Consumers have welcomed the decision to abolish stamp duty, but this has done little to improve the negative perceptions about the housing market.
The Building Societies Association Property Tracker found that for the third quarter in a row more people said now was not a good time to buy property.
This survey found that consumers were more concerned about the potential risks to the housing market, rather than potential benefits. Risks cited included the increased cost of living and Brexit.
More than half of those surveyed though the changes to stamp duty should make housing more affordable for first-time buyers. However, most potential buyers do not cite stamp duty as a major barrier to home ownership.
In total 30 per cent of respondents disagreed with the statement that now is a good time to buy property. Only 24 per cent agreed. This trend has remained largely unchanged for the past nine months.
Over this period though there has been a marked increase in the number of people worried that rising living costs could de-stabilise the housing market. A year ago only 38 per cent of consumers said this was a concern; now almost half (47 per cent) think this is likely to happen.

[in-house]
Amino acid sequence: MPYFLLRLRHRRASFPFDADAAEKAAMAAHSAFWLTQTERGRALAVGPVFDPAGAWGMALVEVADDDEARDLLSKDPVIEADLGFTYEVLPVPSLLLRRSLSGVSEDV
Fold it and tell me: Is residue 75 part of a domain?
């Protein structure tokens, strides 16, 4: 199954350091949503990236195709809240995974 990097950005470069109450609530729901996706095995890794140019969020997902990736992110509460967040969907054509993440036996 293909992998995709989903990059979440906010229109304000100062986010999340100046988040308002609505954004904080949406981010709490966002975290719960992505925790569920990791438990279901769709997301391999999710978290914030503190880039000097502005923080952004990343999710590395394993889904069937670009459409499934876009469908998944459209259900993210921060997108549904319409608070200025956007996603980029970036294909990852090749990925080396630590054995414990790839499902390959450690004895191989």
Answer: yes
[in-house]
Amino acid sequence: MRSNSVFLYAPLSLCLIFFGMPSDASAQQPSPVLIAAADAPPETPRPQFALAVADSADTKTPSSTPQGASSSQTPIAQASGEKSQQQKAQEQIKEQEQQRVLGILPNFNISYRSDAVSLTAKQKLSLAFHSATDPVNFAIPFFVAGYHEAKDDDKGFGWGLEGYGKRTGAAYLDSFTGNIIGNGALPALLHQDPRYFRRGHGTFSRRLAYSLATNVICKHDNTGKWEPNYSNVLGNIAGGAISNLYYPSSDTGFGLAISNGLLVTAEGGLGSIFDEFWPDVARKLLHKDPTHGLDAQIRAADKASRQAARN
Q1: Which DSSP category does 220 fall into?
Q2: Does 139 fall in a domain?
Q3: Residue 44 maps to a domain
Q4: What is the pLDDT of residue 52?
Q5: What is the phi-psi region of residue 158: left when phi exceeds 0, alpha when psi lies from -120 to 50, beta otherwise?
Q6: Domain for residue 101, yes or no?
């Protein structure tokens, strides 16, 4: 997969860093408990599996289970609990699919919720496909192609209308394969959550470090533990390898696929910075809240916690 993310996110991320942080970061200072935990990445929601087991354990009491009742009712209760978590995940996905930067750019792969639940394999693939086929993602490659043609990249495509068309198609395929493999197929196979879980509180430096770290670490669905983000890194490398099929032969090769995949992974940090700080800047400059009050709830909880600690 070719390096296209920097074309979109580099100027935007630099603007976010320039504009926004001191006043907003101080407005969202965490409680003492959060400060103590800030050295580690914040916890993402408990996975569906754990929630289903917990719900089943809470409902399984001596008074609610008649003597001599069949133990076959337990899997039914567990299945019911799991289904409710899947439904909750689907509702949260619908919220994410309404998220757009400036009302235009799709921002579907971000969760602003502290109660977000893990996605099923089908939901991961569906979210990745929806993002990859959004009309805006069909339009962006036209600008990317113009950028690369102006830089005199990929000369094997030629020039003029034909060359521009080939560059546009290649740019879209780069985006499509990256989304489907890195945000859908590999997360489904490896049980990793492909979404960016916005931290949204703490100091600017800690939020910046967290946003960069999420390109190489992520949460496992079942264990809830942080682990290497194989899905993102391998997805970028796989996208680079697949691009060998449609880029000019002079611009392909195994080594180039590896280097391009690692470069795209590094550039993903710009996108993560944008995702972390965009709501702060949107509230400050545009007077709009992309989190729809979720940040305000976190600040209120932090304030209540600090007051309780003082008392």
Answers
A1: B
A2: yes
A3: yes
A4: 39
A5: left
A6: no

BSA’s chief economist Andrew Gall says: “It is positive to see that the Government is taking action to make the journey to home ownership easier for many people. Consumers clearly agree: and the majority feel the stamp duty exemption will make properties more affordable for first-time buyers.
“However, stamp duty has not been a top four barrier in this property tracker’s nine-year history.”
Gall adds: “Raising a deposit remains the greatest challenge. In December, 69 per cent of consumers said this was the biggest barrier, virtually unchanged from September despite these stamp duty changes.”